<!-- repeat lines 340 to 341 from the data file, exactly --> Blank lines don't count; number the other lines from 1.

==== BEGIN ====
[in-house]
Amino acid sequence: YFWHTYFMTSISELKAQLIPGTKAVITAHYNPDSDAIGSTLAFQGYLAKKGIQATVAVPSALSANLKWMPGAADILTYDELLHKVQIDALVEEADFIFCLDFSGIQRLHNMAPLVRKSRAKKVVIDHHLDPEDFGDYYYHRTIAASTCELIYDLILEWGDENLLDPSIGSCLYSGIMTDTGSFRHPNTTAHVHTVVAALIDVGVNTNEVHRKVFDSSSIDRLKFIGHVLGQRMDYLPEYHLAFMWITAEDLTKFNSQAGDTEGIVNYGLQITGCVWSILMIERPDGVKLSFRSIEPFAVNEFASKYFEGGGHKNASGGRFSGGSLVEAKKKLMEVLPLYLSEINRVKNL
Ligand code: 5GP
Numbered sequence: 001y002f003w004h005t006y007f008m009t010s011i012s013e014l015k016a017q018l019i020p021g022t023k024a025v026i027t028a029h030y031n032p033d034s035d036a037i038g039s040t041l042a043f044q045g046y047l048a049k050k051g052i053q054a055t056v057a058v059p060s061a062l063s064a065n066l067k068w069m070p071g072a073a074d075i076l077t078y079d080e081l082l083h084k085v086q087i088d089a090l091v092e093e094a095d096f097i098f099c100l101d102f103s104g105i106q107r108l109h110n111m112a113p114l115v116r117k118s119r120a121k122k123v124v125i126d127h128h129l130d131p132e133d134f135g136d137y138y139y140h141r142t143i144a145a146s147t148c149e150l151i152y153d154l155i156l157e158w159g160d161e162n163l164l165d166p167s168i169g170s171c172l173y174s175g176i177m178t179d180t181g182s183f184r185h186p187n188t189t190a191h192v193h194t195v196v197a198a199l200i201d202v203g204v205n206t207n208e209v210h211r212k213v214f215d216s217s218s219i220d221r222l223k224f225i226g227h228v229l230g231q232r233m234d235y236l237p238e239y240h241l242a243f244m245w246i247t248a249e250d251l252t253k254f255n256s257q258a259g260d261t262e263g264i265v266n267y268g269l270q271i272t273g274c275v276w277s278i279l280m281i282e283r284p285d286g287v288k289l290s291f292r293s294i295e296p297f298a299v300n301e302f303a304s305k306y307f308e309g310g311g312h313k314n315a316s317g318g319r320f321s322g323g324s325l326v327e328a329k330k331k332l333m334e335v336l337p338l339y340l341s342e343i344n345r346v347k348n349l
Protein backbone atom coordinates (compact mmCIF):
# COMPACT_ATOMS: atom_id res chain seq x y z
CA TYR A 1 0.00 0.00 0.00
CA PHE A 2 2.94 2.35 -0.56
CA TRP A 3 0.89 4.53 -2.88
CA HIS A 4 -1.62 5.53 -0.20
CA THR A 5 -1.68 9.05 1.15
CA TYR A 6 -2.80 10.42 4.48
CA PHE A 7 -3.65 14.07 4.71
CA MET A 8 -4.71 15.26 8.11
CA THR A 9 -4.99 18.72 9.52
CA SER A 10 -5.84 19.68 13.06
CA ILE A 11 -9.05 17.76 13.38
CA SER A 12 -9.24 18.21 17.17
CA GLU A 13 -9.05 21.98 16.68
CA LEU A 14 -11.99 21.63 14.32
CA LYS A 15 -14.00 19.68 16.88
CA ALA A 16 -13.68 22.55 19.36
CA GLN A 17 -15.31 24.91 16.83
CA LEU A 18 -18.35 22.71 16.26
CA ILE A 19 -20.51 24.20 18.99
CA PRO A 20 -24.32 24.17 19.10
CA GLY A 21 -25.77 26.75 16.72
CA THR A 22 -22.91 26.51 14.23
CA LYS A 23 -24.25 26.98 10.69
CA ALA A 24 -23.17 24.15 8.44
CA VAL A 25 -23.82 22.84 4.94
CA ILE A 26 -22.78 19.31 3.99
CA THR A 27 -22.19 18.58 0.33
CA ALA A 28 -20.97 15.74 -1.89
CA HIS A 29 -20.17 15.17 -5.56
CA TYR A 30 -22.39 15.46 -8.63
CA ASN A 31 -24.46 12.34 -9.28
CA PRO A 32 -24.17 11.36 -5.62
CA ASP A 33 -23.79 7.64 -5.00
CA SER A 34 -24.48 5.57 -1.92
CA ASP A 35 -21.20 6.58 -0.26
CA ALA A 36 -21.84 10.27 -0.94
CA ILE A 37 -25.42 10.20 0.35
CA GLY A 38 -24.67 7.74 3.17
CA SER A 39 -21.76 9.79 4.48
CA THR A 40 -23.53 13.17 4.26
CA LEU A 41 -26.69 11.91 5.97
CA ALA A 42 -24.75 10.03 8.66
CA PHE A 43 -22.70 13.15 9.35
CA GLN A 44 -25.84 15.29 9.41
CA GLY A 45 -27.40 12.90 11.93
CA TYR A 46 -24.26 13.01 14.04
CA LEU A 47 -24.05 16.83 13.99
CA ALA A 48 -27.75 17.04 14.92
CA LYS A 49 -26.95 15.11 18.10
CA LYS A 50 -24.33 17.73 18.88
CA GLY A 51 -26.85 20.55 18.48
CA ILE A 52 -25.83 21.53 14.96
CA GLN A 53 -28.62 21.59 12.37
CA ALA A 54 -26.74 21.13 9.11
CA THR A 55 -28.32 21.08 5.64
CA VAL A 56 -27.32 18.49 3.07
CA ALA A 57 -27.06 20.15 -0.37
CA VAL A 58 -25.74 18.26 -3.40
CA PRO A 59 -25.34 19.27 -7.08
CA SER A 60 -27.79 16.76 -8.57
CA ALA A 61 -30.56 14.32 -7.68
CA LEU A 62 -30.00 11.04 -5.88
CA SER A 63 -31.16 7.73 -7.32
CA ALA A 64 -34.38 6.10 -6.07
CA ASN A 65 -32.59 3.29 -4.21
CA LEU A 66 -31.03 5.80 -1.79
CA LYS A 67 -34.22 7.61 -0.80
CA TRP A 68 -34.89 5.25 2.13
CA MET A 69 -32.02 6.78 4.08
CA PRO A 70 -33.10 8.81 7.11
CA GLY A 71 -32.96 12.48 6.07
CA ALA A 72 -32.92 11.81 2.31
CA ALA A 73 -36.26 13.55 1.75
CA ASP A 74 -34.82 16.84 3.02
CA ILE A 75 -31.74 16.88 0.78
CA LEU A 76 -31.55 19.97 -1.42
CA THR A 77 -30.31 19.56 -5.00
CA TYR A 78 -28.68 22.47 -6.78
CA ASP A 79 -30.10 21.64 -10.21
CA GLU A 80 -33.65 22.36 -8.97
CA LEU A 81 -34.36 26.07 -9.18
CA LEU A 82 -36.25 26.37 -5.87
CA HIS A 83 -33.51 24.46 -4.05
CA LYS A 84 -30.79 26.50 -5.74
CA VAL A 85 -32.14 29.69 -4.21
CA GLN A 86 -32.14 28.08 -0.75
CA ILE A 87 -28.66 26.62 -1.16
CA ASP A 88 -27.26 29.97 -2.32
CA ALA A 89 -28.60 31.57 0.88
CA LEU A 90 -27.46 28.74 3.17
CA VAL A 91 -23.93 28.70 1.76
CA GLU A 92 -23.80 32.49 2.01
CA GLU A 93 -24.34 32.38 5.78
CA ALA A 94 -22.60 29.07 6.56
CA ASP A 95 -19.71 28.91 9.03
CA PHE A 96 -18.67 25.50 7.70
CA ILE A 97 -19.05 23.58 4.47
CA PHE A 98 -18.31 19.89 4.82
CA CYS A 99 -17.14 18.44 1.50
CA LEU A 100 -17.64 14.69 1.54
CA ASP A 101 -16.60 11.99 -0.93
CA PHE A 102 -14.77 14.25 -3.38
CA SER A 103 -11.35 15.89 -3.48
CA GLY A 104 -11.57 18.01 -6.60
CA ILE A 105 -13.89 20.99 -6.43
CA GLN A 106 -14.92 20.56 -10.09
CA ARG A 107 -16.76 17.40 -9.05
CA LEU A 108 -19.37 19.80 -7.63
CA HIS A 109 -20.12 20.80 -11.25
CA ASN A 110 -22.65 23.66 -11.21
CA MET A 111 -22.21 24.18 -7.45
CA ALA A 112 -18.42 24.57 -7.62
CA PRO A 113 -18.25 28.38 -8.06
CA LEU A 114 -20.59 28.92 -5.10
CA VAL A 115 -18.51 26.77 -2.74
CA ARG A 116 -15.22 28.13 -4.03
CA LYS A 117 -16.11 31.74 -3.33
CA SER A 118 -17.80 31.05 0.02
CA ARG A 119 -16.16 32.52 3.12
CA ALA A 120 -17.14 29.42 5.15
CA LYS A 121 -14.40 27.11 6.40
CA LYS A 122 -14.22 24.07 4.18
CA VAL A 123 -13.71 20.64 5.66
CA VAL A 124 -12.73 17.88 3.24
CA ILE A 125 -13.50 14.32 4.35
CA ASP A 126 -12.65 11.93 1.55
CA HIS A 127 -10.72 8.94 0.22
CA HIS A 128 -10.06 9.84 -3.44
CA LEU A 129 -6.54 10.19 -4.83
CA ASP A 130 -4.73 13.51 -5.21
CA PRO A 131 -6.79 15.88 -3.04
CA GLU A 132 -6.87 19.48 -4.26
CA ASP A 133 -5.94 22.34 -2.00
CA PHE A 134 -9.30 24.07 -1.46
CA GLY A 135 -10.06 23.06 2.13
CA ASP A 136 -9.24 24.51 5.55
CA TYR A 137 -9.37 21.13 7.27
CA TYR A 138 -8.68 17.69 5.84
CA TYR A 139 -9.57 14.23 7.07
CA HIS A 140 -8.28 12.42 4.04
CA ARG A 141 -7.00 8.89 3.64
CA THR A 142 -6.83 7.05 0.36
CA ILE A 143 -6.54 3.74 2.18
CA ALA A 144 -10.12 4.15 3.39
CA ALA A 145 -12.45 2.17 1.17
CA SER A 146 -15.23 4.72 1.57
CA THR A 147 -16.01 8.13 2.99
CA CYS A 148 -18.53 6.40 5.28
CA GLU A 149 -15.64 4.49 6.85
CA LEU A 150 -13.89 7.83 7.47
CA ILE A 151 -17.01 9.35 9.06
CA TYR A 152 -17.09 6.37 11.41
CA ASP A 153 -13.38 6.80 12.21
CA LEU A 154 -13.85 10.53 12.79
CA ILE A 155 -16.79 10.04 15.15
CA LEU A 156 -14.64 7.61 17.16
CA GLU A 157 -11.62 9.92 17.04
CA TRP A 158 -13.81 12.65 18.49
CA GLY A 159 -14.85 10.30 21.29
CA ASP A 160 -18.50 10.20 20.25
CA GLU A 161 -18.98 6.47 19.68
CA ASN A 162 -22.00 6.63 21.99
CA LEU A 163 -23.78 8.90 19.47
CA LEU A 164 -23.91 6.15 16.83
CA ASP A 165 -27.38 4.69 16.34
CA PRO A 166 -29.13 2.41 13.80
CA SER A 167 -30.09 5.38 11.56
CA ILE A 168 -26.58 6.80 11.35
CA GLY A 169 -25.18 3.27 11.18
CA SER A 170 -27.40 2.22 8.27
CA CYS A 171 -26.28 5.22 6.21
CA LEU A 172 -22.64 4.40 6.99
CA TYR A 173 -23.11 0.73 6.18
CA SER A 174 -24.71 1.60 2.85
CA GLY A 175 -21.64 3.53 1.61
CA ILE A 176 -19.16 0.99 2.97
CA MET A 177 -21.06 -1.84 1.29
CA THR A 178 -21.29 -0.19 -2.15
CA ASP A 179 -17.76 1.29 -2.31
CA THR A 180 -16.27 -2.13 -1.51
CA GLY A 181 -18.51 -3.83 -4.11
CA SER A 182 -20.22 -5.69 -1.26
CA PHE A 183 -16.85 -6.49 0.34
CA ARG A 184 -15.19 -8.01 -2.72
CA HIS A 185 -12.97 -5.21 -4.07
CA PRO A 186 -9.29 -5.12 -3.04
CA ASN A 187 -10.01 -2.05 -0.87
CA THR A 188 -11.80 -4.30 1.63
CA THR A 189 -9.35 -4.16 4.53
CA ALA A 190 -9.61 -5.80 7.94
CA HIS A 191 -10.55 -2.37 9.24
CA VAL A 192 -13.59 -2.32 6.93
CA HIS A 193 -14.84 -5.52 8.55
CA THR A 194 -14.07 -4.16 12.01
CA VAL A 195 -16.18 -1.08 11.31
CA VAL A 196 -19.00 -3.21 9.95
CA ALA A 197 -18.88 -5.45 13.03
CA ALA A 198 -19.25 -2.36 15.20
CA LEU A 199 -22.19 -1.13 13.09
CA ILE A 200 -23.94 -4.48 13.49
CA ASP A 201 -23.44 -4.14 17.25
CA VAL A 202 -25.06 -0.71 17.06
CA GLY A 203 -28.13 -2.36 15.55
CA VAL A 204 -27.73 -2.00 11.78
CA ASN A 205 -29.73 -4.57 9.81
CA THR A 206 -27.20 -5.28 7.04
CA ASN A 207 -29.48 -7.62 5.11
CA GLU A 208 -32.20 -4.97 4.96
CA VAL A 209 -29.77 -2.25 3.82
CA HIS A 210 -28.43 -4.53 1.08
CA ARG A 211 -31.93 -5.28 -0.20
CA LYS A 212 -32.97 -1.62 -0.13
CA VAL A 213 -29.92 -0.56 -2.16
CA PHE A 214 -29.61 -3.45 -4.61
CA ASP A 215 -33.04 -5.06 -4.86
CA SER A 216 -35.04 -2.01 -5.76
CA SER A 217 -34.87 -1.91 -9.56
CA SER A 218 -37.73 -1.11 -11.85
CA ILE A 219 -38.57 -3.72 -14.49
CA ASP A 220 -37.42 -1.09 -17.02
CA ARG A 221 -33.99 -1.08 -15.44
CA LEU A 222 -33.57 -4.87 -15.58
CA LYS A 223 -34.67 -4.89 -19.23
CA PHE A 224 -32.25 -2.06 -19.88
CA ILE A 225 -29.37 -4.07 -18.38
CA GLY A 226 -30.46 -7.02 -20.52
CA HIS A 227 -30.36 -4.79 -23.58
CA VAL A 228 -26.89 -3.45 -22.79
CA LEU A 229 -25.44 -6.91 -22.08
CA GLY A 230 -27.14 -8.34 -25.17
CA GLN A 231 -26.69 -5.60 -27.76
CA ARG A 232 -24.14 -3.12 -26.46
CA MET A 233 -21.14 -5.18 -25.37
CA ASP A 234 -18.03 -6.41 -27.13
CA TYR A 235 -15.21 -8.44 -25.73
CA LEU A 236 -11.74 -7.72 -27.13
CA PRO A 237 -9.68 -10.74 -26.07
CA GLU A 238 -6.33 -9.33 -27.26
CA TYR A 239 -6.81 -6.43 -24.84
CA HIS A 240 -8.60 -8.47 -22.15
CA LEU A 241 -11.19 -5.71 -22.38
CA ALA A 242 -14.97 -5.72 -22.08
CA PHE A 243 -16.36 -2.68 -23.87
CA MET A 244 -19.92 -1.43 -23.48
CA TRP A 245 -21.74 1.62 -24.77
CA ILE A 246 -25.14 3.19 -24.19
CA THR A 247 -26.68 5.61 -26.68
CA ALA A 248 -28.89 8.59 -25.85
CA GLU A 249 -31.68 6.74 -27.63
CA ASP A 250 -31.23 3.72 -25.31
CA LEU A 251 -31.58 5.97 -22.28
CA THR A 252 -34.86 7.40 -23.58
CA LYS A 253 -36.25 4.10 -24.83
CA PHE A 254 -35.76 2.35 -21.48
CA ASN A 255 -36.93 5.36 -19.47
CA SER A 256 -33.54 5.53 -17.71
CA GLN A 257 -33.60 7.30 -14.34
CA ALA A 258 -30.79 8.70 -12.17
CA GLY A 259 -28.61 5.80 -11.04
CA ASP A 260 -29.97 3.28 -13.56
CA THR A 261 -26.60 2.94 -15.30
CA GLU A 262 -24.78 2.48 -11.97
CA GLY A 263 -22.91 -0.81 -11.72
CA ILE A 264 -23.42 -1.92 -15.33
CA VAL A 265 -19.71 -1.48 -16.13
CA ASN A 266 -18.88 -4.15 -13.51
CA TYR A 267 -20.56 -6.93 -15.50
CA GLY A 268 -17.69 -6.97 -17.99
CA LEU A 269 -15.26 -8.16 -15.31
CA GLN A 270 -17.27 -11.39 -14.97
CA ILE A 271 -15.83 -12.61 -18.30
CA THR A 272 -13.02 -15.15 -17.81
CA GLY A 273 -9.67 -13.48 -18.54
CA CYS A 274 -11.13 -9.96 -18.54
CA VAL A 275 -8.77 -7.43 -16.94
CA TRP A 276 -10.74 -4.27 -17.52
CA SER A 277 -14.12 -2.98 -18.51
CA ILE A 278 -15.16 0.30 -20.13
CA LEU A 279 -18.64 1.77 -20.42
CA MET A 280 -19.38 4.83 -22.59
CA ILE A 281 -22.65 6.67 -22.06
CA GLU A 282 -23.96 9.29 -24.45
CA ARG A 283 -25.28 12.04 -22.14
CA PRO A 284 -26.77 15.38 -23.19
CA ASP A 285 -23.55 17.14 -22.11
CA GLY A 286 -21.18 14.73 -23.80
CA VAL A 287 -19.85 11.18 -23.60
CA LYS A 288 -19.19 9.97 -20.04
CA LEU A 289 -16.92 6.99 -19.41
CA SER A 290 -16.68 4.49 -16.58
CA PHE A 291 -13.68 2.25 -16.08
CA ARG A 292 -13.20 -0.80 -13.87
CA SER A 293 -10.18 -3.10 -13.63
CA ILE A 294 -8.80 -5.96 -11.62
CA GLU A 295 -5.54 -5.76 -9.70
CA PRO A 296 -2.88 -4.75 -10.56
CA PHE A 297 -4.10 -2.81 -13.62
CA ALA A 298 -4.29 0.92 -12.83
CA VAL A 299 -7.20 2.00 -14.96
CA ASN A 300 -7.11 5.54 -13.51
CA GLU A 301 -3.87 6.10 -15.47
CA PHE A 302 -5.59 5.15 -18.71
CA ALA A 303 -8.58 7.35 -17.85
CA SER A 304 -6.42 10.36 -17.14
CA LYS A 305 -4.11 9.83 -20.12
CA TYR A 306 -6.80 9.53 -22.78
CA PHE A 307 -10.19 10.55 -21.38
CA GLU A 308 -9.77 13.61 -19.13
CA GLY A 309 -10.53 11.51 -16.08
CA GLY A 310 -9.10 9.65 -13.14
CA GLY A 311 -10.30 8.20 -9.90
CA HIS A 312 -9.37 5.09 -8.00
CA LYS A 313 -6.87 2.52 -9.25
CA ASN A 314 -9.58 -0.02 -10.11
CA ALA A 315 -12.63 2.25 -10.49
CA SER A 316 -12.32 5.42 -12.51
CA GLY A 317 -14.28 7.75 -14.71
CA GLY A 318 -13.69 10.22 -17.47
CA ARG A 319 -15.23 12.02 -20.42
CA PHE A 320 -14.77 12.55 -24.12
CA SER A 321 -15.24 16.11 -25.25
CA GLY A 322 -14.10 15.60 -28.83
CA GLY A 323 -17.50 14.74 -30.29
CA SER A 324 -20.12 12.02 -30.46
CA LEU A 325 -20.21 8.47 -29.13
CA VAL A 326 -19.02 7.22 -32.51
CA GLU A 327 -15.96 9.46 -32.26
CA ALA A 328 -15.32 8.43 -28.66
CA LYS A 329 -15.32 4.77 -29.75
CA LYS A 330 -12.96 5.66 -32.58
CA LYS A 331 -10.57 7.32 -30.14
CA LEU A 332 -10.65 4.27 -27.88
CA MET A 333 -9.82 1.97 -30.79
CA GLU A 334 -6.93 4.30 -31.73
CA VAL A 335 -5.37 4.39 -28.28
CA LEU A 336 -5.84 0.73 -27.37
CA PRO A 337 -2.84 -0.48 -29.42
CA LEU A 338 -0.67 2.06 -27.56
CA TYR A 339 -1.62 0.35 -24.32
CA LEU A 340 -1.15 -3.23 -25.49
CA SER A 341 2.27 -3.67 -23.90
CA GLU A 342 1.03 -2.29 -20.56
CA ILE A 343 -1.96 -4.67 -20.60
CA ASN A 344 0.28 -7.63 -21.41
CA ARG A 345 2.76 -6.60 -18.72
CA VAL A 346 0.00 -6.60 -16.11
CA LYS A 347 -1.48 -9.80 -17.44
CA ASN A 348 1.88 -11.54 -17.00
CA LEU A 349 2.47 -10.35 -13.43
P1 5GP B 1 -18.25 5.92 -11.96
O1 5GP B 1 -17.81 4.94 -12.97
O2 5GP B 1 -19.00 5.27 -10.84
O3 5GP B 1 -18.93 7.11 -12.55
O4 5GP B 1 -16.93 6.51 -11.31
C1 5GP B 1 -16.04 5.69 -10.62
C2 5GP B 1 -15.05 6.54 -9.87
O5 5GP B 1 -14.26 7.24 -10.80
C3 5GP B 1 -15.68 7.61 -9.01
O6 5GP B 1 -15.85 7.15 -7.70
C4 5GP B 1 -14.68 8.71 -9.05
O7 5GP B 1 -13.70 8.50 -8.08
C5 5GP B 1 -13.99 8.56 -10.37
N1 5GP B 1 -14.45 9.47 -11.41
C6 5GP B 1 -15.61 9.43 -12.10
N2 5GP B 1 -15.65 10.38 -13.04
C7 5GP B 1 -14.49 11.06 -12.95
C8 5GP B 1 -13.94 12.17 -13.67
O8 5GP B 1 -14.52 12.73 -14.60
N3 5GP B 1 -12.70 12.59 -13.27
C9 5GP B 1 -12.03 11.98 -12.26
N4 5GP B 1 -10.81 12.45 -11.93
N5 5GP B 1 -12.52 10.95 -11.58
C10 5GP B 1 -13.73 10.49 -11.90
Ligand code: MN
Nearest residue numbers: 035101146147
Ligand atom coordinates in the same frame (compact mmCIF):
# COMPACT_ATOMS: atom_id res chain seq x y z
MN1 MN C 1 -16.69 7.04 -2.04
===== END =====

CA GLU A 334 -6.93 4.30 -31.73
CA VAL A 335 -5.37 4.39 -28.28